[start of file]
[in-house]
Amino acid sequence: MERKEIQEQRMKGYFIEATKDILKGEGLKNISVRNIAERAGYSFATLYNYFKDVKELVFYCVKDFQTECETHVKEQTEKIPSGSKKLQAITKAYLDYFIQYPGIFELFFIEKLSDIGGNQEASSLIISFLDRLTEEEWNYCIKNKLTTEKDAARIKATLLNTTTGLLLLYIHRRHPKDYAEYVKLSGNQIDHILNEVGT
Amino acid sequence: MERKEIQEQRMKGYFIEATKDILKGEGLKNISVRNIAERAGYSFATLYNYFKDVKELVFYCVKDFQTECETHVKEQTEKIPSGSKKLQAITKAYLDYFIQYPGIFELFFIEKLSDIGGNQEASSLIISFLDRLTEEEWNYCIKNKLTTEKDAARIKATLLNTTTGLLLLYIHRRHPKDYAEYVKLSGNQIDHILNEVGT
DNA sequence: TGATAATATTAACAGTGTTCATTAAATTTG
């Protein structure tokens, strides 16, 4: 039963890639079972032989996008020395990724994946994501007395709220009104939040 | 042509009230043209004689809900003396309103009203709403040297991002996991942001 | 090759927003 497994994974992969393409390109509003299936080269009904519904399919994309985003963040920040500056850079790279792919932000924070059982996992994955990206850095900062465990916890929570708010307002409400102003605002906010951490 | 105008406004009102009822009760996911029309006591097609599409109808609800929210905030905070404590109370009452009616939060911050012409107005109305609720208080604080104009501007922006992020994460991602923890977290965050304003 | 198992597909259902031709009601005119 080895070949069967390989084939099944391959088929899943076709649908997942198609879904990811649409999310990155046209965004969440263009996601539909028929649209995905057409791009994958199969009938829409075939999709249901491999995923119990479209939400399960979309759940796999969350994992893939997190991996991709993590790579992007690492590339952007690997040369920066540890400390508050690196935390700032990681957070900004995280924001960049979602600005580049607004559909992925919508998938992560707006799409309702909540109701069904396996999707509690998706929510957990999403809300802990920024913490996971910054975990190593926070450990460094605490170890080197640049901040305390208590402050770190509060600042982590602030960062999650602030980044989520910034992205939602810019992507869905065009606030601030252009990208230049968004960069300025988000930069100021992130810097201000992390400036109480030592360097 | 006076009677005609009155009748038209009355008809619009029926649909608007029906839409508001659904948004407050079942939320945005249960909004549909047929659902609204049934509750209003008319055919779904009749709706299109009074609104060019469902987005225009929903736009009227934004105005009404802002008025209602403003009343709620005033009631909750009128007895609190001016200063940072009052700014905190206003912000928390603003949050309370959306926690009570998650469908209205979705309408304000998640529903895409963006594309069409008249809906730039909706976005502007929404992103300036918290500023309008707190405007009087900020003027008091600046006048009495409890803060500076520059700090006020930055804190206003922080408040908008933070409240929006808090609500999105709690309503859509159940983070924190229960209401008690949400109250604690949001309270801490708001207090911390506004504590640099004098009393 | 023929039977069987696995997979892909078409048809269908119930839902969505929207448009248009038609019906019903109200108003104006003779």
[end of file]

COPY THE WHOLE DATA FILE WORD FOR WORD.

[in-house]
Amino acid sequence: MERKEIQEQRMKGYFIEATKDILKGEGLKNISVRNIAERAGYSFATLYNYFKDVKELVFYCVKDFQTECETHVKEQTEKIPSGSKKLQAITKAYLDYFIQYPGIFELFFIEKLSDIGGNQEASSLIISFLDRLTEEEWNYCIKNKLTTEKDAARIKATLLNTTTGLLLLYIHRRHPKDYAEYVKLSGNQIDHILNEVGT
Amino acid sequence: MERKEIQEQRMKGYFIEATKDILKGEGLKNISVRNIAERAGYSFATLYNYFKDVKELVFYCVKDFQTECETHVKEQTEKIPSGSKKLQAITKAYLDYFIQYPGIFELFFIEKLSDIGGNQEASSLIISFLDRLTEEEWNYCIKNKLTTEKDAARIKATLLNTTTGLLLLYIHRRHPKDYAEYVKLSGNQIDHILNEVGT
DNA sequence: TGATAATATTAACAGTGTTCATTAAATTTG
């Protein structure tokens, strides 16, 4: 039963890639079972032989996008020395990724994946994501007395709220009104939040 | 042509009230043209004689809900003396309103009203709403040297991002996991942001 | 090759927003 497994994974992969393409390109509003299936080269009904519904399919994309985003963040920040500056850079790279792919932000924070059982996992994955990206850095900062465990916890929570708010307002409400102003605002906010951490 | 105008406004009102009822009760996911029309006591097609599409109808609800929210905030905070404590109370009452009616939060911050012409107005109305609720208080604080104009501007922006992020994460991602923890977290965050304003 | 198992597909259902031709009601005119 080895070949069967390989084939099944391959088929899943076709649908997942198609879904990811649409999310990155046209965004969440263009996601539909028929649209995905057409791009994958199969009938829409075939999709249901491999995923119990479209939400399960979309759940796999969350994992893939997190991996991709993590790579992007690492590339952007690997040369920066540890400390508050690196935390700032990681957070900004995280924001960049979602600005580049607004559909992925919508998938992560707006799409309702909540109701069904396996999707509690998706929510957990999403809300802990920024913490996971910054975990190593926070450990460094605490170890080197640049901040305390208590402050770190509060600042982590602030960062999650602030980044989520910034992205939602810019992507869905065009606030601030252009990208230049968004960069300025988000930069100021992130810097201000992390400036109480030592360097 | 006076009677005609009155009748038209009355008809619009029926649909608007029906839409508001659904948004407050079942939320945005249960909004549909047929659902609204049934509750209003008319055919779904009749709706299109009074609104060019469902987005225009929903736009009227934004105005009404802002008025209602403003009343709620005033009631909750009128007895609190001016200063940072009052700014905190206003912000928390603003949050309370959306926690009570998650469908209205979705309408304000998640529903895409963006594309069409008249809906730039909706976005502007929404992103300036918290500023309008707190405007009087900020003027008091600046006048009495409890803060500076520059700090006020930055804190206003922080408040908008933070409240929006808090609500999105709690309503859509159940983070924190229960209401008690949400109250604690949001309270801490708001207090911390506004504590640099004098009393 | 023929039977069987696995997979892909078409048809269908119930839902969505929207448009248009038609019906019903109200108003104006003779």